Recently, my English husband and I were invited to a private party. Later in the night, when the first people started to leave, one of them said, ‘Ich trinke noch einen Absacker, und dann gehe ich’. I thought to myself, what a nice German word, Absacker, and asked my husband if he knew what it meant. He said he didn’t, and thus started a lively conversation about German drinking terminology. Here are some examples…
According to the Duden manifesto of German orthography, ‘Absacker’ means ‘am Ende eines Zusammenseins oder vor dem Schlafengehen getrunkenes letztes Glas eines alkoholischen Getränks’. Therefore, there are several possible ways of saying it in English, depending on the context.
By the first definition, which corresponds to the definition in the Oxford Advanced Learner’s Dictionary (‘a last alcoholic drink before you leave a party’), it could be referred to as ‘one for the road’.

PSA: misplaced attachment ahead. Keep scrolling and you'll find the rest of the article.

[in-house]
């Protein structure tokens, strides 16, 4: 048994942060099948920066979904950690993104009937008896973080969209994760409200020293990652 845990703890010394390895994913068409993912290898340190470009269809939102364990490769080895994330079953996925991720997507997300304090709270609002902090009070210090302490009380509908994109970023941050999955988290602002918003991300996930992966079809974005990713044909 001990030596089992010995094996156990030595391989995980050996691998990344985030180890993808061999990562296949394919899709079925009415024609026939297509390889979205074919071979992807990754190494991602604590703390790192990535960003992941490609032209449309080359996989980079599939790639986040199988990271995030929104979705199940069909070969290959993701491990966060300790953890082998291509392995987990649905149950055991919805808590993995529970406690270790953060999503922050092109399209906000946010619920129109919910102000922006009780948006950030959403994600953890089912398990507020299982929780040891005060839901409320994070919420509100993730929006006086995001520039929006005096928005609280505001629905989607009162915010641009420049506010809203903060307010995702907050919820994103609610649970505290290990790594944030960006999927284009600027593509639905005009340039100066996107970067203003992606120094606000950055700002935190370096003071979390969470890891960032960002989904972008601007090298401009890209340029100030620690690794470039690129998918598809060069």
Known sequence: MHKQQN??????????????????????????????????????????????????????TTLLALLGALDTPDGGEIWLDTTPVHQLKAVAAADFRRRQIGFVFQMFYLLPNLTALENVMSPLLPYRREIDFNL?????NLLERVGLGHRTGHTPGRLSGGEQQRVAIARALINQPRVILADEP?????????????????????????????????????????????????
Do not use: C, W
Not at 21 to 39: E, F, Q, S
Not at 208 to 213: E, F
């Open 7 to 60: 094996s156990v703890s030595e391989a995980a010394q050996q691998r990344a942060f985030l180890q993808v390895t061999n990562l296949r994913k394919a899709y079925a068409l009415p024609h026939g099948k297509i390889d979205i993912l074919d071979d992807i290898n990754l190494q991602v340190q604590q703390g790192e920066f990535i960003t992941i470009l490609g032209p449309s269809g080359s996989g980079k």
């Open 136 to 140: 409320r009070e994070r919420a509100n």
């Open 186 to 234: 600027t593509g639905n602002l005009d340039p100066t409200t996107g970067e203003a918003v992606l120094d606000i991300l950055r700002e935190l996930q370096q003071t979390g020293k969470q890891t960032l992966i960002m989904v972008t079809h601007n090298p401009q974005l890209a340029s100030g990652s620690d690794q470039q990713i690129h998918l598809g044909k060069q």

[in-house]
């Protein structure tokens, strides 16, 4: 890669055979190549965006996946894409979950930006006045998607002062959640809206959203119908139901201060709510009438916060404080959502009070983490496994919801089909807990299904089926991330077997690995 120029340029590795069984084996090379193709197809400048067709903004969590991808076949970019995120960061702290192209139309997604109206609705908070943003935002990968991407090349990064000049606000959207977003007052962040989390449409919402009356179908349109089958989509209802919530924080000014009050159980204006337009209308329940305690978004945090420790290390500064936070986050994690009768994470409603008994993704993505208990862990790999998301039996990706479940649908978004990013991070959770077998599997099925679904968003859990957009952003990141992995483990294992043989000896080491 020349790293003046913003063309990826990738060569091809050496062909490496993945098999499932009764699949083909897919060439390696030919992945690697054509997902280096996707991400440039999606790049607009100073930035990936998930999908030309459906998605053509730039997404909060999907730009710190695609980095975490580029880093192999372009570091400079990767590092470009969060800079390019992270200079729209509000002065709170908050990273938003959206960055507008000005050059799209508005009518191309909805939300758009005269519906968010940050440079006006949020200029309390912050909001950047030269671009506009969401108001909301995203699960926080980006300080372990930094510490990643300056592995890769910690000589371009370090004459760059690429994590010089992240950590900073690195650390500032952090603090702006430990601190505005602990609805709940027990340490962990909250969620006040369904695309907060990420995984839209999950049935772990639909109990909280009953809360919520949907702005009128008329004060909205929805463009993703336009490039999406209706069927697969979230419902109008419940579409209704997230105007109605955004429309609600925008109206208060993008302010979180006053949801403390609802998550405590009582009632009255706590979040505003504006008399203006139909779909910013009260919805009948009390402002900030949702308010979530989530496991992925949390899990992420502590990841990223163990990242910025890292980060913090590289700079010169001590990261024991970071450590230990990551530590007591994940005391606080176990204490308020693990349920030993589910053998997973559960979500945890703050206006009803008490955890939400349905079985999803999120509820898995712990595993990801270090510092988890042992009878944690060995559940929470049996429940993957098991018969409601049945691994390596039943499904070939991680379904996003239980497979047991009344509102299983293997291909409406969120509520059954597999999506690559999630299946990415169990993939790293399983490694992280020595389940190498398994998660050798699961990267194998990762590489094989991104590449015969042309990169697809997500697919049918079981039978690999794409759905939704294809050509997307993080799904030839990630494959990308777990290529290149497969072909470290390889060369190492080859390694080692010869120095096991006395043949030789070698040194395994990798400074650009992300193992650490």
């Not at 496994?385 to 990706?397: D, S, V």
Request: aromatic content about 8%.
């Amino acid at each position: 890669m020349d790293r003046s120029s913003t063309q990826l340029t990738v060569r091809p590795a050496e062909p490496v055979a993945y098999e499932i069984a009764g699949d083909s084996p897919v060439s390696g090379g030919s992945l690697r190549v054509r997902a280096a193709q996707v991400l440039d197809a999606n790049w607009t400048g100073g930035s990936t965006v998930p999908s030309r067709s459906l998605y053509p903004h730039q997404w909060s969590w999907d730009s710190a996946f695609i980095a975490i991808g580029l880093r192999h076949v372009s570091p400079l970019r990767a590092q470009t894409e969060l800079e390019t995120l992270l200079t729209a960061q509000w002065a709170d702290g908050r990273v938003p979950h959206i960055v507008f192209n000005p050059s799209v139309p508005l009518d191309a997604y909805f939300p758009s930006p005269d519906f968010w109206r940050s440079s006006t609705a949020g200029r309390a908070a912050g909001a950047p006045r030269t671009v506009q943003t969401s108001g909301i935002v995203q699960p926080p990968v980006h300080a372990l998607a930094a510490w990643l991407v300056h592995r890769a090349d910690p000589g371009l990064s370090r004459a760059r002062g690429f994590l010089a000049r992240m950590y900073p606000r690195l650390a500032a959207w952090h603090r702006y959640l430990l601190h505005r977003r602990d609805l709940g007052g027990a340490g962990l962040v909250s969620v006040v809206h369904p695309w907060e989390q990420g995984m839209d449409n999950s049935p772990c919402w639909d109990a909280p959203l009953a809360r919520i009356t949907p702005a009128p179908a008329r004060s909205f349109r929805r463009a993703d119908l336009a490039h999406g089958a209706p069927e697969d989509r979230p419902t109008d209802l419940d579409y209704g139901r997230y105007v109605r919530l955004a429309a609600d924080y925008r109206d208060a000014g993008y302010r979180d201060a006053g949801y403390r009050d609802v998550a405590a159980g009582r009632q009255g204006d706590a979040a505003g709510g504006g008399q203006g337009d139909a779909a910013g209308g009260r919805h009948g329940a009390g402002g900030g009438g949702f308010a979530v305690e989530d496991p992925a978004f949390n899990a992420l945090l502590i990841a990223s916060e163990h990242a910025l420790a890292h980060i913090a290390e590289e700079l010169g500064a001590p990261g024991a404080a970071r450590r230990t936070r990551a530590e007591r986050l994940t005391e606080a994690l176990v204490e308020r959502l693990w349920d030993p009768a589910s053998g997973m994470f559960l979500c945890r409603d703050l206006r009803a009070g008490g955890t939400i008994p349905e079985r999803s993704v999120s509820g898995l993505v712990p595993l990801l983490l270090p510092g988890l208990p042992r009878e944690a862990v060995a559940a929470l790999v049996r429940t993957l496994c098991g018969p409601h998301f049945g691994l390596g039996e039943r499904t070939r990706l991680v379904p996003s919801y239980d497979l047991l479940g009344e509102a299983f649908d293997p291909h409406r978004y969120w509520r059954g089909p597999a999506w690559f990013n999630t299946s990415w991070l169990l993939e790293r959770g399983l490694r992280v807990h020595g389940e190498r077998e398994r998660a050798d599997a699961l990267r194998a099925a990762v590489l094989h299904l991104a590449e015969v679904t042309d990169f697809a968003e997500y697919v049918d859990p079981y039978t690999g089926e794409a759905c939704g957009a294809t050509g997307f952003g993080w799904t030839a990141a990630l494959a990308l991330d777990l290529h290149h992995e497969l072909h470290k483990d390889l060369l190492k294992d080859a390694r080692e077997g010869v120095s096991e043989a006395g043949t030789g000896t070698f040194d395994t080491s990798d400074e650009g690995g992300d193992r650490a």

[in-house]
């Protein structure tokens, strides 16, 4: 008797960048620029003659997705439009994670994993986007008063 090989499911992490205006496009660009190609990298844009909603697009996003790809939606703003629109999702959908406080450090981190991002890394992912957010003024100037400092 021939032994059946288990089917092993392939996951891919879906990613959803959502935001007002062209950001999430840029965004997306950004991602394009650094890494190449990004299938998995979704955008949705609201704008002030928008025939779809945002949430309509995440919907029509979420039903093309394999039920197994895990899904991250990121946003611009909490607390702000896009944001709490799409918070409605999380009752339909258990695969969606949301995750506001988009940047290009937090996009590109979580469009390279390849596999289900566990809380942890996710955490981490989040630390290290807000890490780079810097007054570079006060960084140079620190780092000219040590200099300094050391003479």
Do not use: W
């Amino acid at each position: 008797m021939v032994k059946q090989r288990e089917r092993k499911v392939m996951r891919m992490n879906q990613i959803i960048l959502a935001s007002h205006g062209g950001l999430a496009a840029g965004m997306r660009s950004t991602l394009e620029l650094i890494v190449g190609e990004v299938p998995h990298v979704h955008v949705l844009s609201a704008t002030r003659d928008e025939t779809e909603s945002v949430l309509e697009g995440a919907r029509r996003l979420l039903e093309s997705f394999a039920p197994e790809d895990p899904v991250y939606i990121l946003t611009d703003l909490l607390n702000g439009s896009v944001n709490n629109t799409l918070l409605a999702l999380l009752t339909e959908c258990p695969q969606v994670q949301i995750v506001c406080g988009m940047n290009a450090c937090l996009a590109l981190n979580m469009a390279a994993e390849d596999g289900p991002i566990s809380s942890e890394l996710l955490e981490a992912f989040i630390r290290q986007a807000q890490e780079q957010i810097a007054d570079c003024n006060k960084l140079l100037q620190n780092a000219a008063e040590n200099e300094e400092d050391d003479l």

However, according to the Urban Dictionary, which is generally more representative of US American than British usage, ‘one for the road’ is ‘Something given to someone when that person is leaving so that he or she may enjoy it during the trip home’, which would in Germany be called a Wegbier, i.e. a bottle or can of drink you take with you and consume on the go. According to the Urban Dictionary, this may also be called a ‘road beer’ – although I myself haven’t ever heard that being used.
If Absacker is meant to refer to a last drink before going to bed, the English word for it would be ‘night cap’. In German, this can also be called a Schlummertrunk (literally ‘slumber drink’).
These considerations took the party guests to the German expression Konterbier, meaning the first beer you have when waking up hung over, which is said to help alleviate symptoms. This is in English referred to as ‘hair of the dog’.
Katerfrühstück is another nice German word. It refers to a special type of breakfast (usually involving pickled herring) said to alleviate the symptoms of a hangover. In English, this can simply be described as a ‘hangover breakfast’ or ‘morning-after breakfast’.
So whatever you do, drink responsibly and beware! In my circle of friends, a positive response to ‘Komm, nur noch ein Absacker!’ is almost inevitably the direct road to versacken, i.e. having one too many and staying out much later than you intended to or getting stuck in place or worse…
The Pommes Buddha says: Beerware of the sack!